Shonka Dukureh was authentically spiritual. Her inner life was large and you could see it through her actions and hear it in her voice. She played the role of Big Mama Thornton in my recent film Elvis. She was so loved by the entire cast and crew.
Shonka, who was tragically found dead on July 21 at the age of 44, was a beloved gospel singer and teacher in Nashville; my understanding was that the young kids she taught couldn’t believe “Miss” was now in a movie.
Underneath all that goodness was a playful human being, funny as hell. I can’t imagine her being in a situation where she wouldn’t connect with those around her. That’s a very special thing, the energy she brought—through her eyes, her voice, her presence. She would just make a room full of life.
Shonka was always saying “blessings.” That’s what she said after I asked her if she would consider taking on the role of Big Mama Thornton in Elvis, or how she would feel about performing on stage alongside Doja Cat at Coachella in April. It was completely gracious. It meant more than thank you; she was thanking you and thanking a higher power than ourselves, in equal measure. I used to tease her about how much she said it, but she wasn’t joking.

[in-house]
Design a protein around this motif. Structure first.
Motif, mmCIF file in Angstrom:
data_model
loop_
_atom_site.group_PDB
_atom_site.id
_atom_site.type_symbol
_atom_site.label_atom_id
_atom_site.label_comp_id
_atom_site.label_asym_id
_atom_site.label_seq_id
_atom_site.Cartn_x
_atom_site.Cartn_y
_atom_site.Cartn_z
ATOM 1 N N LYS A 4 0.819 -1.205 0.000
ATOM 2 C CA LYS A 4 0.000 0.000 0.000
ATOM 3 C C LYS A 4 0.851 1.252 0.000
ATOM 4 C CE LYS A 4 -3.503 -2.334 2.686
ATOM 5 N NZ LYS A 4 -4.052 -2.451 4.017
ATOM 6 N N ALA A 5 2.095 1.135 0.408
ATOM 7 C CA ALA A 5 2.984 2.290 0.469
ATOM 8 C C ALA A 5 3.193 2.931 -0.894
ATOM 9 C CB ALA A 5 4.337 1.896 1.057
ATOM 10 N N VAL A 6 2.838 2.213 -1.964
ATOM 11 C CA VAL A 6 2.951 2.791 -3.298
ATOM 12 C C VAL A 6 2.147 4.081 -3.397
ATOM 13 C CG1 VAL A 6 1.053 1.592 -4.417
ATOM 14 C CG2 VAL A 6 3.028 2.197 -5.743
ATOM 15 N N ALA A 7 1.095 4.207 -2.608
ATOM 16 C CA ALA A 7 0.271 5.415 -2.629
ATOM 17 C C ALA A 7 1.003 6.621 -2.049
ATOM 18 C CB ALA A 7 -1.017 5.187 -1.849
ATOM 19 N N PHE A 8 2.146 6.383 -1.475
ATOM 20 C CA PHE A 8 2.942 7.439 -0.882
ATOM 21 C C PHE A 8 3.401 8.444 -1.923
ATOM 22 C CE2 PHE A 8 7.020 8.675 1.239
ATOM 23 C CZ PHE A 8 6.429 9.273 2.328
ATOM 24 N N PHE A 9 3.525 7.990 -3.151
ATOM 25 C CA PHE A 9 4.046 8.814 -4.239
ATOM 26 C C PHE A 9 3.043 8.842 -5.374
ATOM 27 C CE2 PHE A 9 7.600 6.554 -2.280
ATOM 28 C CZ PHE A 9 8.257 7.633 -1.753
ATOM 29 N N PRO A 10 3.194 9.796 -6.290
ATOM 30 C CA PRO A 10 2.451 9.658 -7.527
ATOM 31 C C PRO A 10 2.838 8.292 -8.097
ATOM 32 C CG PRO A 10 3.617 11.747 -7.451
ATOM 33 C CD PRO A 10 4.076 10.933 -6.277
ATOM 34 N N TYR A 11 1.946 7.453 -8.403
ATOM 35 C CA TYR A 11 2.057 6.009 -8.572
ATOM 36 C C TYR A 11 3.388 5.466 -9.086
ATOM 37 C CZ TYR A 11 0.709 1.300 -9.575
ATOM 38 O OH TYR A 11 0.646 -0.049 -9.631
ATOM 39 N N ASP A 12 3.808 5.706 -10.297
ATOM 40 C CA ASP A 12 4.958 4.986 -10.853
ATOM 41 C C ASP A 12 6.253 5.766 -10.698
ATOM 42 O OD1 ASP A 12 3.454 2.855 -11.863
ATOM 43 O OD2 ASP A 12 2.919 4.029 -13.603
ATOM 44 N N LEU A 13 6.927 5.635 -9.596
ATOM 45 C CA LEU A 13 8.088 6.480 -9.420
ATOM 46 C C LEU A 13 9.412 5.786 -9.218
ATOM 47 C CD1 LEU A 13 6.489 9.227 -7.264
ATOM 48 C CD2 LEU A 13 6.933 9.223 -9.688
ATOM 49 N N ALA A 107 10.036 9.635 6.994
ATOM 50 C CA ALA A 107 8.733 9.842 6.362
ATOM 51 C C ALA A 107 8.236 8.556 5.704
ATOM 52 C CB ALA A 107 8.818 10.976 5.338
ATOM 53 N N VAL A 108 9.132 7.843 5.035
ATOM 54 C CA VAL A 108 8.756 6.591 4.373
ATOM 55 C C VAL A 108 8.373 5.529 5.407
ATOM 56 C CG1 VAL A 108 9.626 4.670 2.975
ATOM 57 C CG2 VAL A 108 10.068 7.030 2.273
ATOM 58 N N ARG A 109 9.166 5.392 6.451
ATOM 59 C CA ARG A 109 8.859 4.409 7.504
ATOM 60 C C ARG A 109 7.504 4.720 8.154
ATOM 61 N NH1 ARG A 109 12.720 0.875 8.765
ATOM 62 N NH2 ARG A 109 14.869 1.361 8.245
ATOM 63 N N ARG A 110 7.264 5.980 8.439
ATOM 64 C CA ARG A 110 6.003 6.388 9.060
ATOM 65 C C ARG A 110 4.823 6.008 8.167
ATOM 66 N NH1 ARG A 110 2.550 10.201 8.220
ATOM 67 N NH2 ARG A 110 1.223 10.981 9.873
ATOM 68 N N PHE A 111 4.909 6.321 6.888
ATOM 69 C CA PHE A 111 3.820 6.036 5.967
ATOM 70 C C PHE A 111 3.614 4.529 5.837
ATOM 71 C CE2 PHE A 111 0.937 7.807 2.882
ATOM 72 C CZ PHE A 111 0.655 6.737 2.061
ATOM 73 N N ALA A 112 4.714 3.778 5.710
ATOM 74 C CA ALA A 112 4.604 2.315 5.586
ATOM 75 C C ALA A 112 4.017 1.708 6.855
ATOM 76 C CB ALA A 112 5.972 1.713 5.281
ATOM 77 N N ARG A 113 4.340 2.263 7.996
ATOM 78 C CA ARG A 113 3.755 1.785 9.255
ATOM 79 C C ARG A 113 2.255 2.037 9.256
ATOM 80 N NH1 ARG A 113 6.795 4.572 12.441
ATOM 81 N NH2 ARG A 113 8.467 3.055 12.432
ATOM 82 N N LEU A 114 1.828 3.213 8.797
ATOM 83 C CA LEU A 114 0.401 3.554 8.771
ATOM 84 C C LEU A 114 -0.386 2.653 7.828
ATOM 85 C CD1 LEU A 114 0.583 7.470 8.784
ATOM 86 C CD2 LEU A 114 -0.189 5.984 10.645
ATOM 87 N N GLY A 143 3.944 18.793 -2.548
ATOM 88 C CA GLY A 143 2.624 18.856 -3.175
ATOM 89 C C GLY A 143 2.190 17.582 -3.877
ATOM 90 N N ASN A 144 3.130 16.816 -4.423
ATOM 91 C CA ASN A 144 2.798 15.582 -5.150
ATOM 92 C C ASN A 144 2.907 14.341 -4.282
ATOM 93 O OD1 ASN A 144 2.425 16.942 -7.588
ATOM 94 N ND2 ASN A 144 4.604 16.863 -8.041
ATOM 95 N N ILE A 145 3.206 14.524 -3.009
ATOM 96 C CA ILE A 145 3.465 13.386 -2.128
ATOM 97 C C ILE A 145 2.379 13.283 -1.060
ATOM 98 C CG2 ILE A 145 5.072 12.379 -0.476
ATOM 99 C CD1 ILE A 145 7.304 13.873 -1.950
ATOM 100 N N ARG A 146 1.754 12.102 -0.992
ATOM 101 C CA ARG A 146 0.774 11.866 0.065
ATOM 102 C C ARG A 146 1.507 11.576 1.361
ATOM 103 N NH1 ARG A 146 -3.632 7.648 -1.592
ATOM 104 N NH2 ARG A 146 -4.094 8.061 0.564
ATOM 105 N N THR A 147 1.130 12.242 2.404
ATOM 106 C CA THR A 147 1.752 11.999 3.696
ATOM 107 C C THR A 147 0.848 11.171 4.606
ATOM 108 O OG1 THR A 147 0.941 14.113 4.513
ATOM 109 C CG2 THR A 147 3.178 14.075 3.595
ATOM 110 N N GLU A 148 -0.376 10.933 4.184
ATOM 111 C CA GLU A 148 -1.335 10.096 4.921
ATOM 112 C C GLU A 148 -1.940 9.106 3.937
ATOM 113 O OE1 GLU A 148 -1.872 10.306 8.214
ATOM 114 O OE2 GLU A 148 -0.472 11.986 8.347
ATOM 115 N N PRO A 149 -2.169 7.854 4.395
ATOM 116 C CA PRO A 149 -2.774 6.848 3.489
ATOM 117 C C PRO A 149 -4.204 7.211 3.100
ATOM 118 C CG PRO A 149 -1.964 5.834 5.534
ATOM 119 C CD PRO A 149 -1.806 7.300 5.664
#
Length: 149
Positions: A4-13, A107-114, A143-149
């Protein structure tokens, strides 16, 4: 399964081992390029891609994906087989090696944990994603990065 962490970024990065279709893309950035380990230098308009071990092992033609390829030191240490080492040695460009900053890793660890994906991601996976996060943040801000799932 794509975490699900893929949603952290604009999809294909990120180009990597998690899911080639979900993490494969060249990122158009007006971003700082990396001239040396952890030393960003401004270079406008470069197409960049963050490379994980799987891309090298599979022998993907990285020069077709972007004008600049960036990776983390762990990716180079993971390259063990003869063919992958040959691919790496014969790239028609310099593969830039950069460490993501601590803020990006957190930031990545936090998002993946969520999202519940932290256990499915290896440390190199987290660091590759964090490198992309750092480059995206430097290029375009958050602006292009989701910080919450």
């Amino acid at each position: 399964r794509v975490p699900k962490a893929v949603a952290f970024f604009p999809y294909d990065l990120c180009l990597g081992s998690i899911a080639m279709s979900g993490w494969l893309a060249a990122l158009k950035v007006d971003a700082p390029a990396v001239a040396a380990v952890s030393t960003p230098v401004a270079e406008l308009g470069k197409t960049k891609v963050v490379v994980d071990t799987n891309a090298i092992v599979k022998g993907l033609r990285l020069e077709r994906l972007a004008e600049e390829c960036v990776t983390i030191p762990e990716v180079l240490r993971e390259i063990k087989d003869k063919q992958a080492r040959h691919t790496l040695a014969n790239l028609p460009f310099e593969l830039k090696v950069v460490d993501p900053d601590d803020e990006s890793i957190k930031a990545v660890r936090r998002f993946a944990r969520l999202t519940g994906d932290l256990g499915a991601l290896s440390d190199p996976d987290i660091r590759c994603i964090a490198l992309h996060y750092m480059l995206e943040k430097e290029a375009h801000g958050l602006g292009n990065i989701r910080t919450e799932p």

When we first encountered Shonka, she was singing with other gospel singers on tracks we would use in the movie to create the Pentecostal tent revival sequences. You could hear her voice really lifting people up—lifting the roof and spirits up—and that’s when I realized she was an authentic spiritual person. That was really important to the film because Elvis, since his early childhood, was an intensely spiritual person himself and the world of early rock ’n’ roll had a great fluidity between sacred and secular artists and music. It was important for us to convey that, put very bluntly, no Black music means no Elvis, so I knew I would need great performers to shine a light on these seminal artists who influenced him. Shonka really brought Big Mama Thornton to life with tremendous passion and confidence, and I’m grateful that she was able to share her gift with a wider audience. She was just an extraordinary human being.
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